Why Funerals are for the Living
Regardless of where you’re from, your cultural background or your belief system, losing someone you love is never easy. The grieving process -- and all of the complex emotions that go along with it -- can be challenging and confusing.
When in mourning, it’s thought that most people experience what’s come to be known as the seven stages of grief: shock and disbelief, denial, anger and bargaining, depression, loneliness and depression, reconstruction and moving through, and finally, acceptance. It’s not a simple process, and while there’s no “right” way to grieve, some find a funeral is the starting point, so to speak, of the sometimes long road to healing.
Whether you’re coordinating a funeral for a loved one or are planning ahead for your own, you may find yourself wondering whether or not to go forward with this emotional event. Here’s why you should, for the ones that are left behind following someone’s death:
It Allows Attendees to Celebrate a Life
While funerals are an opportunity to grieve, and to come together during a time of loss and grief, they are also a time to celebrate the life of the person that has passed away. The focus should be on the legacy of your loved one, and what they brought to the world during their time here.
Whether you take an opportunity to celebrate your loved one’s passions and hobbies, create a memory board of photos so guests can gather around them to reminisce, or leave a guest book for guests to sign, focusing on their life -- instead of their passing -- can be a cathartic experience for everyone.
A Funeral Offers Group Support for Those Left Behind
We are rarely prepared for the intensity of the emotions that come along with death, and when you suffer a loss, those emotions can be debilitating.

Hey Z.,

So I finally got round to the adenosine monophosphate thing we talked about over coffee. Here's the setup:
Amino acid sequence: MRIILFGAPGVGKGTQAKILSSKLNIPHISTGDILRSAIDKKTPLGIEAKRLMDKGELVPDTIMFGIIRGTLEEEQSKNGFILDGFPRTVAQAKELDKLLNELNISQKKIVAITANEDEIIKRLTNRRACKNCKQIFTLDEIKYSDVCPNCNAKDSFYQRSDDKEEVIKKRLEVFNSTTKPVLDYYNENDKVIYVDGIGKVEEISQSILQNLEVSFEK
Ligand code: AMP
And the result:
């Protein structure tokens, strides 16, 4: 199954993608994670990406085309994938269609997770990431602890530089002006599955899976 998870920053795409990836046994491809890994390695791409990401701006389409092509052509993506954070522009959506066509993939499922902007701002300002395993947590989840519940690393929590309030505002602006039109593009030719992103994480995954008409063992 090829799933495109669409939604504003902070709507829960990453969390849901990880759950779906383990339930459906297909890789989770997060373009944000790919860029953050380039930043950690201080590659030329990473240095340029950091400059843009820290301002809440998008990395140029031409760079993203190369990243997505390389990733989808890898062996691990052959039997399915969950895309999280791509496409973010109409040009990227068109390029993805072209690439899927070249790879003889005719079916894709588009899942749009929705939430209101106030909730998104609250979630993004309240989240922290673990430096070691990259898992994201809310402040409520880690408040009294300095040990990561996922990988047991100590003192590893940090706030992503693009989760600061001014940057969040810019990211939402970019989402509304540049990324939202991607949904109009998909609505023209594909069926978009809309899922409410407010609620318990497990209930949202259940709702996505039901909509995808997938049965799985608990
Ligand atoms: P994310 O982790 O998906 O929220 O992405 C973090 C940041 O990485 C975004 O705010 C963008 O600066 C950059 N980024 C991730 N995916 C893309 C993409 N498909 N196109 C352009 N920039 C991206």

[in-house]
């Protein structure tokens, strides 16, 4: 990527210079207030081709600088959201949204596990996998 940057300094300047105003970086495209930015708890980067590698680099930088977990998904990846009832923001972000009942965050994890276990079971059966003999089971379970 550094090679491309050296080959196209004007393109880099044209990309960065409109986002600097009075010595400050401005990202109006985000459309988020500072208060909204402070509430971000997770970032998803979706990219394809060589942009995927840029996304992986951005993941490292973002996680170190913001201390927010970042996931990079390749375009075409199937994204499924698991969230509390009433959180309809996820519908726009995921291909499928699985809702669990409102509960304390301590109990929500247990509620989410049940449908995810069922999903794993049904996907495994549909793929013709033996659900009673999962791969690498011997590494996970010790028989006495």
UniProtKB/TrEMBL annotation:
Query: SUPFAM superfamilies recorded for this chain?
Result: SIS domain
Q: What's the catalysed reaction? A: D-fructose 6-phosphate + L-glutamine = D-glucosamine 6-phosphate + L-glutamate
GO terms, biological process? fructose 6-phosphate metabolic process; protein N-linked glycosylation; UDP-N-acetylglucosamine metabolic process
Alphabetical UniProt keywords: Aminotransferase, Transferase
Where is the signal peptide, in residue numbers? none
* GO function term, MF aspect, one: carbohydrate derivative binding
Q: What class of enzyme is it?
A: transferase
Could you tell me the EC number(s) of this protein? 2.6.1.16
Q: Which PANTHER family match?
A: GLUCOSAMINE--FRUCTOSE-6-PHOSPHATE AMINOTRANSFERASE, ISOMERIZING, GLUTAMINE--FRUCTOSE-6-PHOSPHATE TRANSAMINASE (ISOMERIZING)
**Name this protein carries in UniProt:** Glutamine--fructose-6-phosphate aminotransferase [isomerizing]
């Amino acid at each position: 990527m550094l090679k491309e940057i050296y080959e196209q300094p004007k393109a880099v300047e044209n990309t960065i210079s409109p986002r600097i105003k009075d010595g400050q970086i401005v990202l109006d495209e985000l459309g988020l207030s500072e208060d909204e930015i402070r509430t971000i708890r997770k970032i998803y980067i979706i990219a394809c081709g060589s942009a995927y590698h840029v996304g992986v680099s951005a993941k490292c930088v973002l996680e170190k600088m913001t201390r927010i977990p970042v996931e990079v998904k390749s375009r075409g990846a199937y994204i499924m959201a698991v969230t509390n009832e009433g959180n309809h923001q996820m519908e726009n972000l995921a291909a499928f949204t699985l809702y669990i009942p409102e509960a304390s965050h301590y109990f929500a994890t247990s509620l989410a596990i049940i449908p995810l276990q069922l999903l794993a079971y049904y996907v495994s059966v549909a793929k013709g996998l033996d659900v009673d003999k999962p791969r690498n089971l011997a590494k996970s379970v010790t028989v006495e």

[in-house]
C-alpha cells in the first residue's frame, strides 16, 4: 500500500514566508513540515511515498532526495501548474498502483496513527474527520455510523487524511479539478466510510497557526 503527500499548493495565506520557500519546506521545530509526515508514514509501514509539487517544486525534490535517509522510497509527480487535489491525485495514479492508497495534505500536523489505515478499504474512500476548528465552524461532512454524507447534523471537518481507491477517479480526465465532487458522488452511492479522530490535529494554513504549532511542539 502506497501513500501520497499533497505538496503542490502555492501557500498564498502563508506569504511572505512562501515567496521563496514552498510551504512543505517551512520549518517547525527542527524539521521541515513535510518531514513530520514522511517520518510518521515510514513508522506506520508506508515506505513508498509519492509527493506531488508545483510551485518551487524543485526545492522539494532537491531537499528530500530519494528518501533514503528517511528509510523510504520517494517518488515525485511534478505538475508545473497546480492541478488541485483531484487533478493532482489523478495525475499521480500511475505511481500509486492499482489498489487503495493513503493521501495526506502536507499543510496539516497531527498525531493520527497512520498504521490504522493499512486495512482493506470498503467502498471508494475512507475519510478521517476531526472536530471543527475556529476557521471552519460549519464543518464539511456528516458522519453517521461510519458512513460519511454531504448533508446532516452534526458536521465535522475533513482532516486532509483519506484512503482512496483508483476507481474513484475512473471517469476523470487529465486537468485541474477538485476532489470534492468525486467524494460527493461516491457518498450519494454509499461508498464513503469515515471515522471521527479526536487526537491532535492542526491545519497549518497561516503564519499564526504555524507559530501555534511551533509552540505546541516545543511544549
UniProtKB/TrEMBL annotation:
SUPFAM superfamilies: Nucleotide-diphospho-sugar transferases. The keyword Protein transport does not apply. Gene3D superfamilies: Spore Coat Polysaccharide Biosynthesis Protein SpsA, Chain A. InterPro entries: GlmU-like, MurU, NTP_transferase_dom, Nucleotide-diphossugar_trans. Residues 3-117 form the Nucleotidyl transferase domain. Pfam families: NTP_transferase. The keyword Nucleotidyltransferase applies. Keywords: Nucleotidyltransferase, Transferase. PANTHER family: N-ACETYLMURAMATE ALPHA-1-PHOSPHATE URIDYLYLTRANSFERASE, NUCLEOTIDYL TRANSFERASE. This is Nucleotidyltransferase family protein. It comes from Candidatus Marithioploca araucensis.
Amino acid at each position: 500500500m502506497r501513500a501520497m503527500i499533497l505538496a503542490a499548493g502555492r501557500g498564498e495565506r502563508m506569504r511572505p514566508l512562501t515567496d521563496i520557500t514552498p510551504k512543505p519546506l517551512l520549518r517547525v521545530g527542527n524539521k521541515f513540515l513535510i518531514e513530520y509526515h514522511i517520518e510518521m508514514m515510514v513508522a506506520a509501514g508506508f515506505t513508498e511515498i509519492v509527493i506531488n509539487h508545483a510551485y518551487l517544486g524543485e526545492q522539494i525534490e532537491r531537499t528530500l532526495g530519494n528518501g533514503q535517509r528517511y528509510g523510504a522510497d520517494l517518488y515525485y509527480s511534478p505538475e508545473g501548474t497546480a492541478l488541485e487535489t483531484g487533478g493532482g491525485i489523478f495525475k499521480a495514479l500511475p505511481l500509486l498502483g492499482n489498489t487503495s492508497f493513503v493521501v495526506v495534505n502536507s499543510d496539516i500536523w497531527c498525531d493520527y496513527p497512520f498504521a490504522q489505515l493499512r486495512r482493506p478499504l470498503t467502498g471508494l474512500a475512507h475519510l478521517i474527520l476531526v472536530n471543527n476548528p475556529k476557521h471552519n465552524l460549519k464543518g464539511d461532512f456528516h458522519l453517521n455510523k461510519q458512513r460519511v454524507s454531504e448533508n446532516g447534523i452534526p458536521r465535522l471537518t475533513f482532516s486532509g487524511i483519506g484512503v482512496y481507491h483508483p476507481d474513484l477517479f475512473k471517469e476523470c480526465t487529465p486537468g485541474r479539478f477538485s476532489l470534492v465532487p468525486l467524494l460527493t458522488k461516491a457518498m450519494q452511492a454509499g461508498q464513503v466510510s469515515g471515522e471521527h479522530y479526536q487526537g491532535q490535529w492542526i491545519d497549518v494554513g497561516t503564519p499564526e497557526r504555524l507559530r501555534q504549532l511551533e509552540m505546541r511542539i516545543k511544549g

They can result in loss of sleep, depression, insomnia, loss of appetite, and unbearable feelings of anger, bitterness and anxiety. Grief is not a process one should experience alone.
With others, there is companionship and understanding that can be found during such a trying time.
Funerals are a Safe Place to Express Grief
Not everyone understands grief and the debilitating emotions that surface during a time of such loss. A funeral setting, however, allows one to openly express his or her emotions in an environment where others are riding the wave of the same feelings.
Publicly expressing our grief also helps to avoid what’s been coined as Complicated Grief, known by professionals as Persistent Complex Bereavement Disorder.
According to the Mayo Clinic, in complicated grief, “painful emotions are so long lasting and severe that you have trouble recovering from the loss and resuming your own life.”
Expressing grief surrounded by the love and support of others can help to avoid this heightened state of mourning that halts the healing process.
Resuming Life After Loss
Resuming life after the loss of a loved one can be complicated and heartbreaking, but a funeral is a crucial first step in moving forward.
Take the funeral as an opportunity to lovingly remember the person you knew in life, and to give yourself permission to properly say goodbye to their physical presence.